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A KeyVault client wrapper that helps transition between using ADAL (Active Directory Authentication Libraries) and MSI (Managed Service Identity) as a token provider

Project description


A KeyVault client wrapper that helps transition between using ADAL (Active Directory Authentication Libraries) and MSI (Managed Service Identity) as a token provider. Moreover, this library provides support for User-Assigned identities (MSI) and non-public (e.g. Government) Azure clouds.

What is KeyVault ?

Key Vault is an Azure managed cloud service that allows you to securely store secrets in a variety of forms:

  • Credentials
  • Connection Strings
  • Private Keys and Certificates in various formats
  • ...

It provides auditing and integrates easily with AAD (Azure-Active-Directory) for user or application based authorization. More about KeyVault can be found in the following link:

What is ADAL (Active Directory Authentication Libraries) ?

ADAL are a set of libraries provided by the AAD (Azure-Active-Directory) team in a variety of programming languages that allows one to easily interact with their cloud active directory. For example, the libraries could be used for authentication and authorization with Azure resources

More about ADAL can be found in the following link:

What is MSI (Managed-Service-Identity) ?

MSI was created to ease the authentication flow for Azure services, while providing a per-VM granularity of control. Once MSI is enabled on your VM, your virtual machine will be assigned an application or user client ID, with which you could easily receive access tokens for Azure resources, which you may then authorize your VM to use. It also saves the need to store your service principal information on disk, or worse, in your code base.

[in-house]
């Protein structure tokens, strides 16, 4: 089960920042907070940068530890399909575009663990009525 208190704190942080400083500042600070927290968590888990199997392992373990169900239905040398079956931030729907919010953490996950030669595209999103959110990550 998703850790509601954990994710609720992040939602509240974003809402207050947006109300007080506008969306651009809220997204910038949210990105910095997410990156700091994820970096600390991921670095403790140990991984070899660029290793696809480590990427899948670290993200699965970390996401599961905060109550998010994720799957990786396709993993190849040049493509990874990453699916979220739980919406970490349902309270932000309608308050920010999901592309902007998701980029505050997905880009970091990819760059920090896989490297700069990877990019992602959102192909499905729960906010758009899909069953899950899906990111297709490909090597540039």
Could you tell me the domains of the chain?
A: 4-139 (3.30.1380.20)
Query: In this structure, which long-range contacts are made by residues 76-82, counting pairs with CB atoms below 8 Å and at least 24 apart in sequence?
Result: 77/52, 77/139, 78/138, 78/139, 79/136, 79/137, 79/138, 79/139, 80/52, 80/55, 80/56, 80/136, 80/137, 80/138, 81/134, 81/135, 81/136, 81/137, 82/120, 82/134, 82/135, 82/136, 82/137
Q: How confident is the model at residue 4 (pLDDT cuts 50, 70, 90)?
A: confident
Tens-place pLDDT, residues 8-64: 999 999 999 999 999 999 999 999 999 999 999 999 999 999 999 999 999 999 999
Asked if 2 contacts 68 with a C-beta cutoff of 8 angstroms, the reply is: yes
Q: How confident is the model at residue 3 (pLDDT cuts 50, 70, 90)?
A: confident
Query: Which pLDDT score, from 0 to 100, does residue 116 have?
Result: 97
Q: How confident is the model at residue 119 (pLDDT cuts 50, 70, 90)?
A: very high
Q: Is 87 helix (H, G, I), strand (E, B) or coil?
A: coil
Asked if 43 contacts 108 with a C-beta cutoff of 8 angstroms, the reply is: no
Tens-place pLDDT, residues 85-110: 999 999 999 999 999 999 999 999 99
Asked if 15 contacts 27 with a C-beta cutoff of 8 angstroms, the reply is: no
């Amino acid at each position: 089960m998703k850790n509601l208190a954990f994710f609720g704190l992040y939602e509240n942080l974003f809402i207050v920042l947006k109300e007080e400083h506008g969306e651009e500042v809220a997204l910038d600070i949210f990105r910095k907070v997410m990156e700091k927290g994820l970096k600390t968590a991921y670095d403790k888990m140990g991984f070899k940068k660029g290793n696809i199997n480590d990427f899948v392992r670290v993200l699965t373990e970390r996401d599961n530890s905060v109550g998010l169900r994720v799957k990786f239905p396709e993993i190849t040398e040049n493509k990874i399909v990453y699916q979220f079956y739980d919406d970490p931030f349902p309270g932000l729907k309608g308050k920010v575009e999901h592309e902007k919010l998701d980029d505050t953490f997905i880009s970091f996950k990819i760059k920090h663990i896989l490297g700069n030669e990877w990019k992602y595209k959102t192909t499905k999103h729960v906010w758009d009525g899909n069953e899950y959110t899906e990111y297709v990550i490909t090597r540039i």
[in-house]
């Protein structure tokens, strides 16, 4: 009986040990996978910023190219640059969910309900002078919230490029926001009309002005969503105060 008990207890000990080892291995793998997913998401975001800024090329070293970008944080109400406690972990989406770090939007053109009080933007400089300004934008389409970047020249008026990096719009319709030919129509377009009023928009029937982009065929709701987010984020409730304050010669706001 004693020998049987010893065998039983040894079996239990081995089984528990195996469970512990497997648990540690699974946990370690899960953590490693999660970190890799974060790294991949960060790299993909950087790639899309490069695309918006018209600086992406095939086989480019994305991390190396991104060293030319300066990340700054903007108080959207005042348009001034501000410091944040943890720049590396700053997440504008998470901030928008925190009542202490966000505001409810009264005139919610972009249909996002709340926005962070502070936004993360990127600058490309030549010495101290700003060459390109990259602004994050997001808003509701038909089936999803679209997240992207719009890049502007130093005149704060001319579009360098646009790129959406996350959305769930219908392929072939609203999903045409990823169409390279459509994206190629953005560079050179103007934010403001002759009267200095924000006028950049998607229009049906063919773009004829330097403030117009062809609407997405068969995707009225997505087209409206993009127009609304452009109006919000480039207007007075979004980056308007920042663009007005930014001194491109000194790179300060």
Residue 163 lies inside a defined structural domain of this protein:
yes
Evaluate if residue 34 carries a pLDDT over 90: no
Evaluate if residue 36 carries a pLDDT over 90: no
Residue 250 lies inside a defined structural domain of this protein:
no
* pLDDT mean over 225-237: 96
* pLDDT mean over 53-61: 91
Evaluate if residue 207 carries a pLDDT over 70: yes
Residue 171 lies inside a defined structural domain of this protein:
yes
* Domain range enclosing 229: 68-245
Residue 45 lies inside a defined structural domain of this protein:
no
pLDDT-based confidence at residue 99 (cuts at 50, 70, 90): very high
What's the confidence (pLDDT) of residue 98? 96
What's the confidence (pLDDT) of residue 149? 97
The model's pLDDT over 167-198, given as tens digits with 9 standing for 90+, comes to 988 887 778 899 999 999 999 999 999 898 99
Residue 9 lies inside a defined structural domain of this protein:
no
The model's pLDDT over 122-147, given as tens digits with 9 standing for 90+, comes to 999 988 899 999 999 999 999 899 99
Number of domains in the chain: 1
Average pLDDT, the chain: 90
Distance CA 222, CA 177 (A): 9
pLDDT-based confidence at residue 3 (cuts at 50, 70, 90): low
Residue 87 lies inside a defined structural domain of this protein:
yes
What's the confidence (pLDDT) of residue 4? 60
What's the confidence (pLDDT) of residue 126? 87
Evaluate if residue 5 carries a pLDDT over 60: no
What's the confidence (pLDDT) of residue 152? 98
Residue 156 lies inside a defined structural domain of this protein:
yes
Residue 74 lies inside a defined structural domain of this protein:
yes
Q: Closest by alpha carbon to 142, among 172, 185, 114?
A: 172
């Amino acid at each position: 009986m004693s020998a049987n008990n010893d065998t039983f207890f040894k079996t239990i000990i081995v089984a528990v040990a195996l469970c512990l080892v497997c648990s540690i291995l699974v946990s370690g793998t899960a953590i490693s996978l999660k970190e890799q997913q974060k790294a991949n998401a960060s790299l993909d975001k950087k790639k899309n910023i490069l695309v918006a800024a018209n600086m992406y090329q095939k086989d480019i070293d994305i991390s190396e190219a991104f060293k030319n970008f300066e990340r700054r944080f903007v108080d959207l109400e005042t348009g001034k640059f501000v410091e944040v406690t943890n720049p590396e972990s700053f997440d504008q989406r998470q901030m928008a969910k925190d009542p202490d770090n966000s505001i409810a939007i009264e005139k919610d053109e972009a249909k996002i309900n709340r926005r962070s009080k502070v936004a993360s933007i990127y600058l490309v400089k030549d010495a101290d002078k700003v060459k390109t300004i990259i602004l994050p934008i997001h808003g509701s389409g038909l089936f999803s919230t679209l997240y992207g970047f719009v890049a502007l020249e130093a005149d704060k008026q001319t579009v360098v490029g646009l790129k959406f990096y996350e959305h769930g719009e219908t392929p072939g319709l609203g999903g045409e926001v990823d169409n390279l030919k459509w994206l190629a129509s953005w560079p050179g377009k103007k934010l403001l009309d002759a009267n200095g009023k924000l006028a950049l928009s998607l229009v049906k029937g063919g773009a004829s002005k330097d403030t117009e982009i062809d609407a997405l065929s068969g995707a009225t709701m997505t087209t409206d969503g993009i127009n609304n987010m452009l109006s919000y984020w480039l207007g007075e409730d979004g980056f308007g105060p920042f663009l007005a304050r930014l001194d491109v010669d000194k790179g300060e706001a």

More about MSI can be found in the following link:

How to use this wrapper effectively ?

This KeyVault client was created for reducing the small code duplication involving the use of either MSI or ADAL / Service Principal Credentials. A common use case being - having part of your code running on Azure VMs while another part running on your local machine or VM, where MSI is not accessible.


First, install the library via:

$> pip install keyvaultlib

Next, import KeyVaultOAuthClient and choose your authentication strategy;

Currently supported: Using Service Principal credentials for ADAL or MSI

from keyvaultlib.key_vault import KeyVaultOAuthClient

# MSI Example
client = KeyVaultOAuthClient(use_msi=True)
secret = client.get_secret_with_key_vault_name('my-key-vault', 'my-secret')

# MSI - User Assigned Identity example
client = KeyVaultOAuthClient(use_msi=True, client_id='my_user_assigned_client_id')
secret = client.get_secret_with_key_vault_name('my-key-vault', 'my-secret')

# ADAL / SPN Example
client = KeyVaultOAuthClient(
secret = client.get_secret_with_key_vault_name('my-key-vault', 'my-secret')

# Using government / non-public Azure Clouds Example:
client = KeyVaultOAuthClient(
secret = client.get_secret_with_key_vault_name('my-key-vault', 'my-secret')

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